US

Greater
China

UK

German speaking markets

Australia &
New Zealand

Singapore

Germany

 

Unweighted Total
Weighted Total

1218

1218

86

86

86

86

110

110

80

80

97

97

108

108

83

83

47

47

69

69

1218

1218

Domestic employees

798
66%

63
73%

67
78%

78
71%

50
63%

70
72%

62
57%

62
75%

22
47%

45
65%

798
66%

Assignees

 

434
36%

55
64%

29
34%

34
31%

38
48%

29
30%

32
30%

20
24%

13
28%

18
26%

434
36%

Remote workers (including rotational workers)

497

41%

15
17%

37
43%

60
55%

12
15%

56
58%

39
36%

36
43%

13
28%

20
29%

497
41%

Business travellers (domestic & international)

768

63%

51

59%

50

58%

91

83%

38

48%

70

72%

94

87%

53

64%

19

40%

63

91%

768

63%

Students & faculty

154

13%

2

2%

5

6%

21

19%

6

8%

9

9%

13

12%

13

16%

23

49%

7

10%

154

13%

None (I do not support any of our people)

-

-

-

-

-

-

-

-

-

-

-

-

-

-

-

-

-

-

-

-

-

-

 

Wtd. Total

Regions

Sub regions

 

 

Unwtd. Total

 

 

Africa

Middle East

Americas (incl. USA)

Asia

Europe (incl. Russia

East Asia

South Asia

South East Asia

Northern Europe

LATAM

CIS

 

Unweighted Total
Weighted Total

1218

1218

129
129

17
17

232

232

347
347

396
396

169
169

95
95

80
80

185
185

93
93

13
13

1218

1218

Domestic employees

798
66%

78
60%

10
59%

161
69%

229
66%

245
62%

115
68%

71
75%

42
53%

114
62%

63
68%

8
62%

798
66%

Assignees

 

434
36%

46
36%

9
53%

68
29%

157
45%

128
32%

93
55%

33
35%

30
38%

54
29%

24
26%

3
23%

434
36%

Remote workers (including rotational workers)

497

41%

54
42%

8
47%

119
51%

87
25%

186
47%

29
17%

40
42%

19
24%

91
49%

48
52%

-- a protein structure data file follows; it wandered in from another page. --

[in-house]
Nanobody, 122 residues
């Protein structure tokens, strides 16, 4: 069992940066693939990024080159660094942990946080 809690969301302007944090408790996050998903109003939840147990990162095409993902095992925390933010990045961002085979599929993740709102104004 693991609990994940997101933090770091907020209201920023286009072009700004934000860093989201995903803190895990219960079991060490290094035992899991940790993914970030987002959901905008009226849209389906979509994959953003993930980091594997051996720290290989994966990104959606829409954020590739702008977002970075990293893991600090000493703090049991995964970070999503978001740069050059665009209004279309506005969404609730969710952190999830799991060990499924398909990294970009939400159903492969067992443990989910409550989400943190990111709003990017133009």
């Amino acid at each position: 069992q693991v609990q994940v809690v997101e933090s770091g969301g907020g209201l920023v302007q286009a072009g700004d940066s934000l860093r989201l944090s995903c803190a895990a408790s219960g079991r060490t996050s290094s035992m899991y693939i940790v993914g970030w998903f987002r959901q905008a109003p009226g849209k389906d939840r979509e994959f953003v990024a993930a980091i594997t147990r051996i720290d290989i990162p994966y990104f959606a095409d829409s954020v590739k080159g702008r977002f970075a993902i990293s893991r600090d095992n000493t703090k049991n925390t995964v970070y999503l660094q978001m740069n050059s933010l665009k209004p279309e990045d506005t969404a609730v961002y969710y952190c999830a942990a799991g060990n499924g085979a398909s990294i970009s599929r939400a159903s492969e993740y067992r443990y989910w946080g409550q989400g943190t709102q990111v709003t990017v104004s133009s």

5
38%

497
41%

Business travellers (domestic & international)

768

63%

70
54%

9
53%

159
69%

175
50%

297
75%

90
53%

55
58%

31
39%

134
72%

46
49%

4

31%

768

63%

Students & faculty

154

13%

11
9%

1
6%

38
16%

46
13%

43
11%

8
5%

5
5%

32
40%

17
9%

2
2%

3
23%

154

13%

None (I do not support any of our people)

-

-

-

-

-

-

-

-

-

-

-

-

-

-

-

-

-

-

-

-

-
-

-
-

-

-

About the International SOS Group of Companies
The International SOS Group of Companies is in the business of saving lives, protecting your global workforce from health and security threats. Wherever you are, we deliver customised health, security risk management and wellbeing solutions to fuel your growth and productivity.

In the event of extreme weather, an epidemic or a security incident, we provide an immediate response providing peace of mind. Our innovative technology and medical and security expertise focus on prevention, offering real-time, actionable insights and on-the-ground quality delivery. We help protect your people, your organisation's reputation, as well as support your compliance reporting needs. By partnering with us, organisations can fulfil their Duty of Care responsibilities, while empowering business resilience, continuity and sustainability.

Founded in 1985, the International SOS Group, headquartered in London & Singapore, is trusted by 9,500 organisations, including the majority of the Fortune Global 500 as well as mid-size enterprises, governments, educational institutions, and NGOs. 13,000 multi-cultural

security, medical, logistics and digital experts stand by you to provide support & assistance from over 1,000 locations in 90 countries, 24/7, 365 days.

To protect your workforce, we are at your fingertips: www.internationalsos.com

1 https://www.internationalsos.com/risk-outlook/definitions

2 The annual risk outlook study exposes gaps in the protection of employee health and security such as risk perception, mental health, productivity impacts and operational challenges. The survey is complemented with interpretations and predictions from the Workforce Resilience Council, as well as extensive proprietary data and analysis from International SOS. The Workforce Resilience Council is made up of representative experts from all health, security, and safety fields. The participants in this year’s Council are from a mix of think tanks, associations, advisory boards, NGOs, and IGOs, relevant to the risks of working at home or abroad.

3 Mora, C., McKenzie, T., Gaw, I.M. et al. Over half of known human pathogenic diseases can be aggravated by climate change. Nat. Clim. Chang. 12, 869–875 (2022). https://doi.org/10.1038/s41558-022-01426-1

View source version on businesswire.com: https://www.businesswire.com/news/home/20221208005460/en/

Contacts

Alexis Harding, Head of Group PR and Communications, International SOS
M: +44 778 022 2292
E: alexis.harding@internationalsos.com